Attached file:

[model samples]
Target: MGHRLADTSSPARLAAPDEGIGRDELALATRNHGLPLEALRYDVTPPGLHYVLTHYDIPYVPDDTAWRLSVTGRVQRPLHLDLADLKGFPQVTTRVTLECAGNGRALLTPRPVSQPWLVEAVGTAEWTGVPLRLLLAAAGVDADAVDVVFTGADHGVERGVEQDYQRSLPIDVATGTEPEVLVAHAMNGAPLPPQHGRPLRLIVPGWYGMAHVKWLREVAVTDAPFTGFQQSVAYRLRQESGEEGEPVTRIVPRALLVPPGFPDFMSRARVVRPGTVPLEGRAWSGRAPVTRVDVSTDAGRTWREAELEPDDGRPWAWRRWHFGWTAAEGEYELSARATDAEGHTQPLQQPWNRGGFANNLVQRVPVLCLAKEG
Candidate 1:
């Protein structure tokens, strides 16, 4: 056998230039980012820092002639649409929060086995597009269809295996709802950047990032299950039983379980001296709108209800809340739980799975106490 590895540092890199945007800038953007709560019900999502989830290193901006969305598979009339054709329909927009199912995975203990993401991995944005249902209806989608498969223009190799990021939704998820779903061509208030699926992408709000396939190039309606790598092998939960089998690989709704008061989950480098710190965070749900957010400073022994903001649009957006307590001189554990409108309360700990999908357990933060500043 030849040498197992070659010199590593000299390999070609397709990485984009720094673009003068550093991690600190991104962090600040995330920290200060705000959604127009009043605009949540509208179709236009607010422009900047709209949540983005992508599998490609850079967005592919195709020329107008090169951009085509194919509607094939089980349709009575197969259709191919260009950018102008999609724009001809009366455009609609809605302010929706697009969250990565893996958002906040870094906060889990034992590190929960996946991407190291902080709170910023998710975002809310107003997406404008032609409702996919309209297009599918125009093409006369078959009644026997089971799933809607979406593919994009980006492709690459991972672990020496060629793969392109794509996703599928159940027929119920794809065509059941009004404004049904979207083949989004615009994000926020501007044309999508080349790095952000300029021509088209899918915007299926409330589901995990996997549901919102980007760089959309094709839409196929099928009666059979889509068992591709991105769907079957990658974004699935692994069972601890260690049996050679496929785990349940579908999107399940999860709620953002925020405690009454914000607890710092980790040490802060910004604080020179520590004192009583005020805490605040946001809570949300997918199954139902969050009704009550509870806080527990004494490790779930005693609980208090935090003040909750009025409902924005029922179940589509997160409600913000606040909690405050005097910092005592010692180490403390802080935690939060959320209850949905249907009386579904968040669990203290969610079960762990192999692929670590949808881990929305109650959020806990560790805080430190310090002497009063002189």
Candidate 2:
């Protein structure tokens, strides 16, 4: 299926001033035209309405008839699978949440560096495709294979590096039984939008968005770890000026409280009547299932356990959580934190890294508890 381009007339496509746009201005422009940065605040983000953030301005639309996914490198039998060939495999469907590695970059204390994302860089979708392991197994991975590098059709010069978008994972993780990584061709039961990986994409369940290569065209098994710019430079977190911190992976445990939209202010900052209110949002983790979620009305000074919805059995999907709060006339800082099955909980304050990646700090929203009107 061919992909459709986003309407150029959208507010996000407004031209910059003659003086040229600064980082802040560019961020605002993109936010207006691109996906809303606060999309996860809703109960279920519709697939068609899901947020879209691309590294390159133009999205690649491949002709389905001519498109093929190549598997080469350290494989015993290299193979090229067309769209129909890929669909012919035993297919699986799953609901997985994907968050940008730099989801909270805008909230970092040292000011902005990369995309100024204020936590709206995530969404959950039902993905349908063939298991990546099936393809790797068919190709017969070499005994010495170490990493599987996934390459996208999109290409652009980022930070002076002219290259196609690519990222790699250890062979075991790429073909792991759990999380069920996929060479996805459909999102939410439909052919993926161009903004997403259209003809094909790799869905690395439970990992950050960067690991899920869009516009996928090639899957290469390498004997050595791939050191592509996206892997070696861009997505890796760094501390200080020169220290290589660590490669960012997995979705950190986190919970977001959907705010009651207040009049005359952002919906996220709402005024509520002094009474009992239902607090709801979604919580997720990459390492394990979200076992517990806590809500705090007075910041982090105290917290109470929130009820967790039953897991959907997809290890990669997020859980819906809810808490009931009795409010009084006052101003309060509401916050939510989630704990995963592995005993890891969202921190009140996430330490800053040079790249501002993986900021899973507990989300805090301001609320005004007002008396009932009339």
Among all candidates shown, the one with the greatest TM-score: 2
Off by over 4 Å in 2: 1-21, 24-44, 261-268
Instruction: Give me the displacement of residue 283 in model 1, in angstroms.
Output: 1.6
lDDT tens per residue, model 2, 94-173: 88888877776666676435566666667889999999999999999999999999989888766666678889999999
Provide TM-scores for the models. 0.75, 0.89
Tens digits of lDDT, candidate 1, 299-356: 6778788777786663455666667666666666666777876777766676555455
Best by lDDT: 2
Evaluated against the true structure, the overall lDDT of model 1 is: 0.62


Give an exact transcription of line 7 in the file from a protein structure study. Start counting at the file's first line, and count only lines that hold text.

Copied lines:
Among all candidates shown, the one with the greatest TM-score: 2